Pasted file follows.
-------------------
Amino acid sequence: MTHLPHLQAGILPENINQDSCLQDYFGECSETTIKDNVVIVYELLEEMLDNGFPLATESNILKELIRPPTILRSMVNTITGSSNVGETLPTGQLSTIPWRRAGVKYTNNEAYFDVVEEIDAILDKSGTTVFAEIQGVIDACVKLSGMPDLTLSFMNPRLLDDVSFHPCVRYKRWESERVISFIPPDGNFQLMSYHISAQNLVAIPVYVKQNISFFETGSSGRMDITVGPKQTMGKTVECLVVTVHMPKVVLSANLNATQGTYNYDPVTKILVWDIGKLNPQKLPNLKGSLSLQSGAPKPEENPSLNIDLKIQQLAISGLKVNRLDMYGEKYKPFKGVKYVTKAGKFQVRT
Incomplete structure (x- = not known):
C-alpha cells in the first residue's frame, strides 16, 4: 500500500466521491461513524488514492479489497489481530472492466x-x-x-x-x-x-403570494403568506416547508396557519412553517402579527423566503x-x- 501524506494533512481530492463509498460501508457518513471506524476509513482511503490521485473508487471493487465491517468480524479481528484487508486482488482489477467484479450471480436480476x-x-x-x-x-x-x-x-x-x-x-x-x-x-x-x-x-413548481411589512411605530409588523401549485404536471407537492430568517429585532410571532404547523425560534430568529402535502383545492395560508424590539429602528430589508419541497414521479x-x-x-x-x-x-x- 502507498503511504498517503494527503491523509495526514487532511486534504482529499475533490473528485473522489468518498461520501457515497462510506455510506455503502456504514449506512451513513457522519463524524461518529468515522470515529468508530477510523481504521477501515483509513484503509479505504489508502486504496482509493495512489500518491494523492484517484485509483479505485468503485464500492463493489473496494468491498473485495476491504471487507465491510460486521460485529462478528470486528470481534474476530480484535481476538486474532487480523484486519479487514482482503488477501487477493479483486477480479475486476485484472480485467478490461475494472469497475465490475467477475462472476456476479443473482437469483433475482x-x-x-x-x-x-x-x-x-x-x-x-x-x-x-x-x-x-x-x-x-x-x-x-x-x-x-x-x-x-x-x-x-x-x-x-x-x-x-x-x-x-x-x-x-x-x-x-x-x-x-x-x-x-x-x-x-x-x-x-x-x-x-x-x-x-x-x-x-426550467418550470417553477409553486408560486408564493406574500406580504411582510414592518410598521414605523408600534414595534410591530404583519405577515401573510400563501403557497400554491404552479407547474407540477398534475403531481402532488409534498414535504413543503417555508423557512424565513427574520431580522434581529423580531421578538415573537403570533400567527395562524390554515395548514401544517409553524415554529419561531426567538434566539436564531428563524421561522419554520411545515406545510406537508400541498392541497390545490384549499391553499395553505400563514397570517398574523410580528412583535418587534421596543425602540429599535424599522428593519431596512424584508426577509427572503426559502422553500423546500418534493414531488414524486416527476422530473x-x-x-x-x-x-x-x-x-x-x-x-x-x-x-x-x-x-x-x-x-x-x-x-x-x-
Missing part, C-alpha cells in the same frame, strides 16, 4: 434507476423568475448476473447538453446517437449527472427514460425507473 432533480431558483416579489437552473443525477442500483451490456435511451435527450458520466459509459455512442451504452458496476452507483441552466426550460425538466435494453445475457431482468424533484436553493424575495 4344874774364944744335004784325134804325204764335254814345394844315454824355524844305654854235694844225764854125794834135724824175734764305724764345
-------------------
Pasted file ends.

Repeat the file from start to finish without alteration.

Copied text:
Amino acid sequence: MTHLPHLQAGILPENINQDSCLQDYFGECSETTIKDNVVIVYELLEEMLDNGFPLATESNILKELIRPPTILRSMVNTITGSSNVGETLPTGQLSTIPWRRAGVKYTNNEAYFDVVEEIDAILDKSGTTVFAEIQGVIDACVKLSGMPDLTLSFMNPRLLDDVSFHPCVRYKRWESERVISFIPPDGNFQLMSYHISAQNLVAIPVYVKQNISFFETGSSGRMDITVGPKQTMGKTVECLVVTVHMPKVVLSANLNATQGTYNYDPVTKILVWDIGKLNPQKLPNLKGSLSLQSGAPKPEENPSLNIDLKIQQLAISGLKVNRLDMYGEKYKPFKGVKYVTKAGKFQVRT
Incomplete structure (x- = not known):
C-alpha cells in the first residue's frame, strides 16, 4: 500500500466521491461513524488514492479489497489481530472492466x-x-x-x-x-x-403570494403568506416547508396557519412553517402579527423566503x-x- 501524506494533512481530492463509498460501508457518513471506524476509513482511503490521485473508487471493487465491517468480524479481528484487508486482488482489477467484479450471480436480476x-x-x-x-x-x-x-x-x-x-x-x-x-x-x-x-x-413548481411589512411605530409588523401549485404536471407537492430568517429585532410571532404547523425560534430568529402535502383545492395560508424590539429602528430589508419541497414521479x-x-x-x-x-x-x- 502507498503511504498517503494527503491523509495526514487532511486534504482529499475533490473528485473522489468518498461520501457515497462510506455510506455503502456504514449506512451513513457522519463524524461518529468515522470515529468508530477510523481504521477501515483509513484503509479505504489508502486504496482509493495512489500518491494523492484517484485509483479505485468503485464500492463493489473496494468491498473485495476491504471487507465491510460486521460485529462478528470486528470481534474476530480484535481476538486474532487480523484486519479487514482482503488477501487477493479483486477480479475486476485484472480485467478490461475494472469497475465490475467477475462472476456476479443473482437469483433475482x-x-x-x-x-x-x-x-x-x-x-x-x-x-x-x-x-x-x-x-x-x-x-x-x-x-x-x-x-x-x-x-x-x-x-x-x-x-x-x-x-x-x-x-x-x-x-x-x-x-x-x-x-x-x-x-x-x-x-x-x-x-x-x-x-x-x-x-x-426550467418550470417553477409553486408560486408564493406574500406580504411582510414592518410598521414605523408600534414595534410591530404583519405577515401573510400563501403557497400554491404552479407547474407540477398534475403531481402532488409534498414535504413543503417555508423557512424565513427574520431580522434581529423580531421578538415573537403570533400567527395562524390554515395548514401544517409553524415554529419561531426567538434566539436564531428563524421561522419554520411545515406545510406537508400541498392541497390545490384549499391553499395553505400563514397570517398574523410580528412583535418587534421596543425602540429599535424599522428593519431596512424584508426577509427572503426559502422553500423546500418534493414531488414524486416527476422530473x-x-x-x-x-x-x-x-x-x-x-x-x-x-x-x-x-x-x-x-x-x-x-x-x-x-
Missing part, C-alpha cells in the same frame, strides 16, 4: 434507476423568475448476473447538453446517437449527472427514460425507473 432533480431558483416579489437552473443525477442500483451490456435511451435527450458520466459509459455512442451504452458496476452507483441552466426550460425538466435494453445475457431482468424533484436553493424575495 4344874774364944744335004784325134804325204764335254814345394844315454824355524844305654854235694844225764854125794834135724824175734764305724764345